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|Case Number:||Civil Application E062 of 2021|
|Parties:||George Ochieng Onyango v Chemilil Sugar Company|
|Date Delivered:||23 Jul 2021|
|Court:||Court of Appeal at Kisumu|
|Judge(s):||Hellen Amolo Omondi|
|Citation:||George Ochieng Onyango v Chemilil Sugar Company  eKLR|
|Case History:||(Application for extension of time to file and serve Notice of Appeal out of time in an intended Appeal from the judgment and Decree of the Employment and Labor Relations Court at Kisumu by (Hon. Justice Radido Stephen) dated on 24th March 2021 in Kisumu ELRC Cause No. 207 OF 2014 a test case for No. 206, 208, 209, 210, 211, 212, 213, 214 & 215 of 2014)|
|History Docket No:||ELRC Cause No. 207 OF 2014 a test case for No. 206, 208, 209, 210, 211, 212, 213, 214 & 215 of 2014|
|History Judges:||Radido Stephen Okiyo|
|Case Outcome:||Application dismissed|
|Disclaimer:||The information contained in the above segment is not part of the judicial opinion delivered by the Court. The metadata has been prepared by Kenya Law as a guide in understanding the subject of the judicial opinion. Kenya Law makes no warranties as to the comprehensiveness or accuracy of the information|
REPUBLIC OF KENYA
IN THE COURT OF APPEAL OF KENYA AT KISUMU
CIVIL APPLICATION NO. E062 OF 2021
GEORGE OCHIENG ONYANGO...................................................APPLICANT
CHEMILIL SUGAR COMPANY............................................... RESPONDENT
(Application for extension of time to file and serve Notice of Appeal out of time in an intended Appeal from the judgment and Decree of the Employment and Labor Relations Court at Kisumu by (Hon. Justice Radido Stephen) dated on 24th March 2021 in Kisumu ELRC Cause No. 207 OF 2014 a test case for No. 206, 208, 209, 210, 211, 212, 213, 214 & 215 of 2014)
1. By a Notice of Motion Application dated 29th April 2021 brought pursuant to Rules 4 & 47 of Court of Appeal Rules 2010, and a supporting affidavit, GEORGE OCHIENG ONYANGO (The Applicant) seeks orders that: -
i. Leave be granted to extend time to lodge Notice of Appeal out of time against the judgment and decree in Kisumu ELRC Cause No. 207 of 2014 dated 24th March 2021.
ii. Costs in the cause.
2. The background to this matter is that the applicant claimed to have been employed by the respondent on 2nd April, 1979 and that he was unlawfully and unfairly dismissed from employment on the 8th October, 2009 without payment of his terminal dues. He lamented that he was not even given an opportunity to show cause before the termination of his services. He therefore prayed for a sum of Ksh. 3,770,620.00/= being the unpaid sums under the Regulation of Wages and Conditions of Employment Act from the date of employment to the date of termination; a sum of Ksh. 1,650,348.00/= being unpaid sums under the Collective Bargaining Agreement on the terms and conditions of employment between the Sugar Employers Group of the Federation of Kenya and the Kenya Union of Sugar Plantation and Allied Workers union and his redundancy dues.
3. The applicant filed Cause ELRC 207 OF 2014 dated 17th September 2014, which was a test suit for Cause Nos. 206, 208, 209, 210, 211, 212, 213, 214 and 215 of 2014 alleging unfair termination of employment.
4. The claim was opposed by the respondent vide an amended statement of defence dated 31st January, 2018. The respondent denied the sum claimed by the applicant for unlawful dismissal, and pointed out that the claim was an abuse of the court process being statute barred under section 27 of the Limitation of Actions Act.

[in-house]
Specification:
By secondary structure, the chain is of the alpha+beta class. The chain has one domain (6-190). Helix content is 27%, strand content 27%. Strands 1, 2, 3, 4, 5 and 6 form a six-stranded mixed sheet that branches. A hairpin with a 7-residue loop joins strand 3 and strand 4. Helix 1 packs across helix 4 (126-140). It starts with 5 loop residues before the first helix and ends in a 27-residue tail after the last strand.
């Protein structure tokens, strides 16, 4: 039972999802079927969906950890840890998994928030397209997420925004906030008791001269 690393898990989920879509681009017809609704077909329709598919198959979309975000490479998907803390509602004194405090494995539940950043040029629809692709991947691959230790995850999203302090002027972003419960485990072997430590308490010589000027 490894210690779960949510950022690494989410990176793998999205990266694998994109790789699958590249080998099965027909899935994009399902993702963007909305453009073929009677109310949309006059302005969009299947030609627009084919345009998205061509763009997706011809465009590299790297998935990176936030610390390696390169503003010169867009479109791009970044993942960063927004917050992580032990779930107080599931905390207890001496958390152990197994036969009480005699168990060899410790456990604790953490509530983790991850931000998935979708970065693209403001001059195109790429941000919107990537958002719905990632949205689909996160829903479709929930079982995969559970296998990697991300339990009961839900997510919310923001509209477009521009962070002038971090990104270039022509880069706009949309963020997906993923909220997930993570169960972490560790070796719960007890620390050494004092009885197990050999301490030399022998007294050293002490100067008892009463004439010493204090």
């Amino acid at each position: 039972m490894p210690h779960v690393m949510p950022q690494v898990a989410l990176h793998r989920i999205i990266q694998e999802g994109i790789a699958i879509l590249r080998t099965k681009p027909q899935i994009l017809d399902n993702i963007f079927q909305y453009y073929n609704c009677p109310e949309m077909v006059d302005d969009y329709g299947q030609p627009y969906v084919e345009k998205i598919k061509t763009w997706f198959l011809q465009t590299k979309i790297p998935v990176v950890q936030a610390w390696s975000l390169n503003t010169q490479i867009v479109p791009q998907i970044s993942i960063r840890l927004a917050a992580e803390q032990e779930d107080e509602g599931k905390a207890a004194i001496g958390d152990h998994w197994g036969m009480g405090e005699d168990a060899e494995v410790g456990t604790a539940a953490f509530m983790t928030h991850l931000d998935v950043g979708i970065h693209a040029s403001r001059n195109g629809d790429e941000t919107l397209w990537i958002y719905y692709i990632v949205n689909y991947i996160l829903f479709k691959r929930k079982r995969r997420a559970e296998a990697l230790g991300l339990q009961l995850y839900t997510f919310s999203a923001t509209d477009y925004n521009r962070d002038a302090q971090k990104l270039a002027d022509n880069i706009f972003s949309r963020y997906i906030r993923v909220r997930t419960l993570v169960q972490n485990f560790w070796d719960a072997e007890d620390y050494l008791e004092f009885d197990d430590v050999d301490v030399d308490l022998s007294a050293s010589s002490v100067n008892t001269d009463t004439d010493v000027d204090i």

5. It was the Applicant’s contention in his initial application that he together with others, were arrested and charged in Nyando court, so he could not have filed his case earlier due to the arrest and subsequent pending charges which ended in two batches on 22/02/12 and 16/04/13.
6. Subsequently by a ruling dated 30th July 2014, Wasilwa (J) granted leave to the Applicant herein to file his cause out of time, on the grounds that the Applicant was unable to file his case due to his arrest and pending criminal case. This gave the applicant a chance to file an Amended Statement of Claim on 6th November 2012. The Respondent then filed an amended statement of defence dated 14th November 2017 in response to the amended statement of claim.
7. Vide a judgment delivered virtually on 24th March 2021 in the presence of the then counsel for the Applicant and the Respondent’s counsel, the court dismissed the claim with costs, on the grounds that it lacked jurisdiction to extend time within which to file the contract of service and entertain a claim that was statute barred holding that since the claim was based on a contract, it ought to have been lodged in court on or before the expiry of 6 years(which order applied to the other cases falling under the test suit).
8. The applicant being dissatisfied with the judgment is desirous to file an appeal explaining that the failure to file and serve the Notice of Appeal, is because his then advocate failed to take up his instructions to proceed and lodge the Notice of Appeal which was due on or before 12th April 2021. He now seeks leave to file the Notice of Appeal out of time.
9. Rule 4 of the Court of Appeal Rules gives the court unfettered discretion in deciding whether to grant an applicant extension of time to do a particular prescribed action. The case of Leo Sila Mutiso vs Rose Wangari Mwangi CA No. Nai 255/97 held that the discretion of a single judge under Rule 4 is wide and unfettered. This discretion however must be exercised judiciously and upon reason, rather than arbitrarily, capriciously or on a whim or sentiment. Another consideration is whether prima facie the intended Appeal/Appeal has chances of success or is a mere frivolity as was held in Julius Kamau Kithaka vs Waruguru Kithaki & 2 Others CA No. 14/2013.